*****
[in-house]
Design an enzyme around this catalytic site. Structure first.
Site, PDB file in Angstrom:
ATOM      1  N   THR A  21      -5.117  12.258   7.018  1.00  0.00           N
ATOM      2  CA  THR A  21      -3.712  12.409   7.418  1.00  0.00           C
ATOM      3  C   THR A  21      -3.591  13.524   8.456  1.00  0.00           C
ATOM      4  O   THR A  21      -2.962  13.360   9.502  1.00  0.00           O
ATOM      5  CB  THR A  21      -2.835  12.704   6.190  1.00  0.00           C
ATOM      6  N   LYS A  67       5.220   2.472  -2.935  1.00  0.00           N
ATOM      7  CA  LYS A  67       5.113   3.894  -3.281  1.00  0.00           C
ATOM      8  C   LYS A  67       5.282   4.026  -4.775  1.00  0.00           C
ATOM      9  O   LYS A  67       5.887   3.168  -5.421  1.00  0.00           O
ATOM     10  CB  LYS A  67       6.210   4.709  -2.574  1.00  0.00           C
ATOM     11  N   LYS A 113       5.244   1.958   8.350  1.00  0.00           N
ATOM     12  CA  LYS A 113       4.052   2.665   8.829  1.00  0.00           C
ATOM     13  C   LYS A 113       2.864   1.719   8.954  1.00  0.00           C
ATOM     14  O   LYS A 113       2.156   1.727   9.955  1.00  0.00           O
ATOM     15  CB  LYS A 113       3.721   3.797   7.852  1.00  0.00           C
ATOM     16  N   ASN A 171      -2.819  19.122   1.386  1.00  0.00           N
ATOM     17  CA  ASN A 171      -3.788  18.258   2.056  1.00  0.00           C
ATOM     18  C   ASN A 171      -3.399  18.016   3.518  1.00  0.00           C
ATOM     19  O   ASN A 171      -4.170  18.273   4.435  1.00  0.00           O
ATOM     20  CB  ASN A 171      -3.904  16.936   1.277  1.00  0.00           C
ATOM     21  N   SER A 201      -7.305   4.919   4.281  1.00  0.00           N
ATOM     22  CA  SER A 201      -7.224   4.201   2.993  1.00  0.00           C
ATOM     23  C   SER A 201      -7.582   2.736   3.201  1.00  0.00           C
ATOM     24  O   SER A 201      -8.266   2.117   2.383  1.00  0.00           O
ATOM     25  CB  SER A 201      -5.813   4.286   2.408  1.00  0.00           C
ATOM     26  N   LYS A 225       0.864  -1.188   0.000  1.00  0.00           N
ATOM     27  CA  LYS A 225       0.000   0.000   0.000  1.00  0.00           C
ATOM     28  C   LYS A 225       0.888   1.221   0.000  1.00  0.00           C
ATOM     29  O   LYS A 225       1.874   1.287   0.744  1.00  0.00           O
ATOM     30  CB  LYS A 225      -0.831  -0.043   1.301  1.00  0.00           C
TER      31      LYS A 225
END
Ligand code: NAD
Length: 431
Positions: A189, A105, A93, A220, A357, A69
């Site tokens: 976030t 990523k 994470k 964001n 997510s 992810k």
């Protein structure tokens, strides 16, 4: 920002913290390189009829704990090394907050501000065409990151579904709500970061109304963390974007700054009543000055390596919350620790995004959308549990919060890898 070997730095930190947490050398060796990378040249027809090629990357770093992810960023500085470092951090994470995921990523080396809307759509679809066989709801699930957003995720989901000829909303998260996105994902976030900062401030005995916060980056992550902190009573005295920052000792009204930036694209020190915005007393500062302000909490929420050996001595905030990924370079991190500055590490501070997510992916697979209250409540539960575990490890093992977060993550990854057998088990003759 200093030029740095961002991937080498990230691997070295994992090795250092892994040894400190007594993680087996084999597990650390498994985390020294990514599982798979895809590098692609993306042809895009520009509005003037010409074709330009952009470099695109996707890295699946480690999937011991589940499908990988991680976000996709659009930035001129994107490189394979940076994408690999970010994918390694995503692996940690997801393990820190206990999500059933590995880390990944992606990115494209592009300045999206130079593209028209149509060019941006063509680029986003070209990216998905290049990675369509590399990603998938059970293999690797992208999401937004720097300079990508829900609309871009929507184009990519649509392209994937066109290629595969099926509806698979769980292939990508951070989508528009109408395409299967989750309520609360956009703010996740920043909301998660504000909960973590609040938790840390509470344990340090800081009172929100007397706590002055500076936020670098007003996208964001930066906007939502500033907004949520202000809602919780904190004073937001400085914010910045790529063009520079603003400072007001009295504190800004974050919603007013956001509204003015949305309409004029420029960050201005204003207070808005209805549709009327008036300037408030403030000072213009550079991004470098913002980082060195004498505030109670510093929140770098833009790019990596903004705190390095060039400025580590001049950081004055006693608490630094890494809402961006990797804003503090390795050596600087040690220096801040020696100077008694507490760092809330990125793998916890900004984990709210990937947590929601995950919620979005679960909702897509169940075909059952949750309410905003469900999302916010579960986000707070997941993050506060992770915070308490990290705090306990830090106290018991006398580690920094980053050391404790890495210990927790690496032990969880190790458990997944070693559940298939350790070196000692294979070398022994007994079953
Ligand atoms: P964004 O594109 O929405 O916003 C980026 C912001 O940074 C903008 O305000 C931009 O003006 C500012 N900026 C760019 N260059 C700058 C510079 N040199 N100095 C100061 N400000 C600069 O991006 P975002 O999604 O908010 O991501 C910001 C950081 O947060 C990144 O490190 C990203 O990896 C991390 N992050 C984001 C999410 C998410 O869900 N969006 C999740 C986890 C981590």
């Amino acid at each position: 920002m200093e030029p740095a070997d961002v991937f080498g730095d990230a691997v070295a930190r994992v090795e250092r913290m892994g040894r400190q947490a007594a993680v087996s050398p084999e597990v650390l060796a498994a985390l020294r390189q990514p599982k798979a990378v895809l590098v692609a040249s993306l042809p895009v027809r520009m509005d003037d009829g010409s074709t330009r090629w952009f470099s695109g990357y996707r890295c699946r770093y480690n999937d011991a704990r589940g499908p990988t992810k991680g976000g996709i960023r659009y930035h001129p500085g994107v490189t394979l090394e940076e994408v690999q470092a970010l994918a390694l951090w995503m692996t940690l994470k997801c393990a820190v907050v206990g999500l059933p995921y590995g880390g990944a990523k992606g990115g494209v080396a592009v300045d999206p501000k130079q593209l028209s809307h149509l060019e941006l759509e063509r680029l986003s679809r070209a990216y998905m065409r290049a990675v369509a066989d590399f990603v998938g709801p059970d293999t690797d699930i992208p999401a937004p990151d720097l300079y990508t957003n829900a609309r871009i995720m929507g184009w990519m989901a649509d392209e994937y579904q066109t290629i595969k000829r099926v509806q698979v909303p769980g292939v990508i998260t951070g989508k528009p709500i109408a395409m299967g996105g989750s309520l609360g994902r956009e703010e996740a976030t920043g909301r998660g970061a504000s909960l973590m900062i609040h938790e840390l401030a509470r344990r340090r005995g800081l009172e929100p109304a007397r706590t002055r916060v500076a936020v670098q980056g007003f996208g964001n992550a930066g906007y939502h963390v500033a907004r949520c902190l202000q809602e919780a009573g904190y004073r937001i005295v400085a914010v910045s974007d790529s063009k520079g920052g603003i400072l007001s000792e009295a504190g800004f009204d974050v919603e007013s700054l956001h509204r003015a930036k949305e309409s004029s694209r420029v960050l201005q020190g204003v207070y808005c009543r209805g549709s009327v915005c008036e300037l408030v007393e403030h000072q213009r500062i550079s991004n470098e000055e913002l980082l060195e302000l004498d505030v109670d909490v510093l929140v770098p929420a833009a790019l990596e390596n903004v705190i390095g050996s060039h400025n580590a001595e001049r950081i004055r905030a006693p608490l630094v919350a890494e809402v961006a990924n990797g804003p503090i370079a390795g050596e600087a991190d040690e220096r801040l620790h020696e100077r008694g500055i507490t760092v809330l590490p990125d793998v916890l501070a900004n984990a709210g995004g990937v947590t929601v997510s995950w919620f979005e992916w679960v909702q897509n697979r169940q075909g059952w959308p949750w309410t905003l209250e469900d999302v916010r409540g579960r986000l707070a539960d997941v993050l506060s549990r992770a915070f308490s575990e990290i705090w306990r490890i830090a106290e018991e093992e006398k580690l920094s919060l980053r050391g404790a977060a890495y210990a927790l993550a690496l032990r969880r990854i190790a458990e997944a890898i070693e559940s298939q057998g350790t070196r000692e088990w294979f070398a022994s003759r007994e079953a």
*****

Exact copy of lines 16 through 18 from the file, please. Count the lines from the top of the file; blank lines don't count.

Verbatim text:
ATOM     13  C   LYS A 113       2.864   1.719   8.954  1.00  0.00           C
ATOM     14  O   LYS A 113       2.156   1.727   9.955  1.00  0.00           O
ATOM     15  CB  LYS A 113       3.721   3.797   7.852  1.00  0.00           C